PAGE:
Saturday, July 28, 2007

Art on the Green: Four Musical Acts

Local Musicians a Highlight of Art on the Green Festival

Next weekend’s Art on the Green is the annual festival’s 39th year of bringing regional fine art, endless expensive pottery, legendary German sausages and unique performances to the lush campus of North Idaho College. Every year, festival organizers have a true knack for selecting top-notch local entertainment for both the main North Stage and the smaller South stage. Performers on the North Stage this year range from the grand Coeur d’Alene Symphony to Laura Hamilton’s perpetually amazing North Idaho Dance Ensemble to folk dancers representing Ireland, the Ukraine, and the Middle East. However, for music fans, the South stage will be where you’ll want to stake your claim to a shady patch of grass. A diverse assortment of musicians will be entertaining the crowds, including four acts who were gracious enough to discuss their music with me and answer some of my silly questions.

Singer/songwriter Cheryl Branz is excited about returning to the NIC campus when she performs on Friday evening. She attended classes here for two years before relocating to Colorado, where she earned a Vocal Music minor and a Journalism major. She looks back fondly at her time at the college by the lake, professing that “You just can’t beat the beautiful campus with its shade trees and knowing that the water is just across the road. Daydreaming about that water helped me through many of my classes!” After a brief spell in California, where she married her husband Clint, Branz settled once again in her hometown of Spokane, where she has been performing ever since.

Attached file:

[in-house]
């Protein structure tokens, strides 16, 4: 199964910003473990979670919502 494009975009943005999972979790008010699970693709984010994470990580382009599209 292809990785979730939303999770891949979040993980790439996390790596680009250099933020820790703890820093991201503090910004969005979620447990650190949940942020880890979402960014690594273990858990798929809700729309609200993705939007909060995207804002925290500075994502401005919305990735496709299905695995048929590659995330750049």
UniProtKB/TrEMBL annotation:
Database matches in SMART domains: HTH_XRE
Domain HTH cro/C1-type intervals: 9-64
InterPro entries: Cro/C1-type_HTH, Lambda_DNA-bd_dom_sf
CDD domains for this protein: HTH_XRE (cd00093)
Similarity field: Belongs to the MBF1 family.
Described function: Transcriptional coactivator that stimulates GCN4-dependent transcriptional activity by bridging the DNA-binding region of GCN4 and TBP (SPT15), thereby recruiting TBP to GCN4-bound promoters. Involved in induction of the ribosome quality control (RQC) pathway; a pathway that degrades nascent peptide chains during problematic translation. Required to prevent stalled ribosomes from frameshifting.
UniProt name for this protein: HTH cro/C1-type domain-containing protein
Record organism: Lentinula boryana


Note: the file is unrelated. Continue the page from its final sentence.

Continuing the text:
She had been singing all her life in school choirs, in churches, at weddings and funerals, but six years ago it dawned on her that she was missing something important: a guitar. Inspired by artists such as the Indigo Girls, Jewel and Sarah McLachlan, Branz mastered the instrument and began writing her own original acoustic folk/pop songs. She’s been playing area coffee houses, wineries and festivals in earnest ever since, and has recently recorded her first professionally produced CD, Disappear. On the album, Branz’s voice is clear and strong, the tunes are highly melodic, and her lyrics range from intensely personal on songs like the title track and “I Judge Myself”, to rather silly tunes like “Flip Flops”, in which she cleverly describes said footwear as “an island vacation for my feet”.

Branz praises another act performing at this year’s Art on the Green, Sidhe. Their album Carnival is her absolute favorite local CD, and she enthuses that “Michael Millham is one of the finest guitar players in the region.” I obviously hit a sweet spot when I asked Branz to describe her music as a flavor of ice cream. She chose Rocky Road, musing “I can be a bit nutty on stage, but I can also sing about serious, sticky situations (enter the marshmallows). The chocolate part is just because I love chocolate. Mmmmm. Chocolate.” Cheryl Branz performs on the South Stage, Friday 8/3 at 6 p.m.

Sylvia Lazo of Brazillian Jazz act Olinda Duo loves performing at Art on the Green. “The event is so attractive and diverse and the audience warm and enthusiastic,” she says. “They come to enjoy the artists and an alluring summer day, two things that inspire me to get out there and sing." The Spokane twosome is comprised of soprano vocalist Lazo and classical guitarist Paul Grove, who also teaches the instrument right here at NIC. Olinda Duo perform a broad variety of material by mainly Latin American composers, from ballads and love songs to upbeat jazz and bouncy pop. The classical guitar is perhaps an unusual instrument for this type of music, but Grove adapts the instrument masterfully, creating lovely backdrops for Lazo’s slightly operatic Spanish vocals.